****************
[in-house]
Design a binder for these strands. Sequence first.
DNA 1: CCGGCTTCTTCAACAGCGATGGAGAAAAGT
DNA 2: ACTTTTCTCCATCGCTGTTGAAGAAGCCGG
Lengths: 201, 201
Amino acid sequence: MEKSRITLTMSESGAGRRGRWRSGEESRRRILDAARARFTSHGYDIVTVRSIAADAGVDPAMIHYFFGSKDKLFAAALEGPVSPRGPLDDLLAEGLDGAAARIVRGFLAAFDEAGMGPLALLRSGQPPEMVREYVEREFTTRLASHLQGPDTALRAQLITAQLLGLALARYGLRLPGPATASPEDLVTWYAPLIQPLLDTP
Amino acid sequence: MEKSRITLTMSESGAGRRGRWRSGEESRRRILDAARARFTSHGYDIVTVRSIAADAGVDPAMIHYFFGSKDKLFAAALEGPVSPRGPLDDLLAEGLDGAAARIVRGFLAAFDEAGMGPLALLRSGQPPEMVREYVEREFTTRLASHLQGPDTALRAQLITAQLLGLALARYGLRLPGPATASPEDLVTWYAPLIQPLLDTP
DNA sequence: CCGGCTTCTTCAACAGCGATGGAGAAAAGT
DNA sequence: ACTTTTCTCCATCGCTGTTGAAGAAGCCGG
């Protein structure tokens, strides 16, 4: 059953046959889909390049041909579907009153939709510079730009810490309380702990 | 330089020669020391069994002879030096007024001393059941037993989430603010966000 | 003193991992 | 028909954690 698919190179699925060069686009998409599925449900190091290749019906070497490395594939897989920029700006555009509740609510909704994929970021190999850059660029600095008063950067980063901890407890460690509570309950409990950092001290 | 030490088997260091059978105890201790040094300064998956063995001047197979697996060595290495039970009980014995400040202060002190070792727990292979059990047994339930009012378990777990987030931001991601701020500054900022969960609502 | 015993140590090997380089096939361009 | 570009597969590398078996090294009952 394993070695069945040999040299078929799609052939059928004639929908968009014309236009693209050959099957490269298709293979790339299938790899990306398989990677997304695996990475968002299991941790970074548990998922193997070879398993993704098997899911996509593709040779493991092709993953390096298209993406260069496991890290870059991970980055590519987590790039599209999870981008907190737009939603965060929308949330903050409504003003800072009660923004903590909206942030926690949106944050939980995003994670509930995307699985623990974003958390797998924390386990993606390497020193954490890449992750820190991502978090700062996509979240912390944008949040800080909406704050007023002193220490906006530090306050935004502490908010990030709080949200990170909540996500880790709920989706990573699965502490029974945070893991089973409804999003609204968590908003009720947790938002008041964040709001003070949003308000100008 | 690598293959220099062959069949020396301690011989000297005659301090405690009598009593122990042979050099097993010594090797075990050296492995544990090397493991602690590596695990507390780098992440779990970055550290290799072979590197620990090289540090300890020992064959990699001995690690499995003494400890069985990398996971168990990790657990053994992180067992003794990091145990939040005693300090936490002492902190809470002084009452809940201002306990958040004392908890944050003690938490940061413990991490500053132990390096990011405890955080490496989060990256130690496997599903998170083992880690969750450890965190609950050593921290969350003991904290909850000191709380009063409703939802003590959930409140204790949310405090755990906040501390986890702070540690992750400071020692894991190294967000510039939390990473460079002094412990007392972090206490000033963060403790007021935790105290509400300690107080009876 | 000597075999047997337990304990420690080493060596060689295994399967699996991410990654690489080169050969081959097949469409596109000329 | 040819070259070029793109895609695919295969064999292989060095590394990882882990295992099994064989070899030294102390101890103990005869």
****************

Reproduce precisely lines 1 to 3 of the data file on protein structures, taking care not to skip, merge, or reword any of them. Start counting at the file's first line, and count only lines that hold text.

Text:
[in-house]
Design a binder for these strands. Sequence first.
DNA 1: CCGGCTTCTTCAACAGCGATGGAGAAAAGT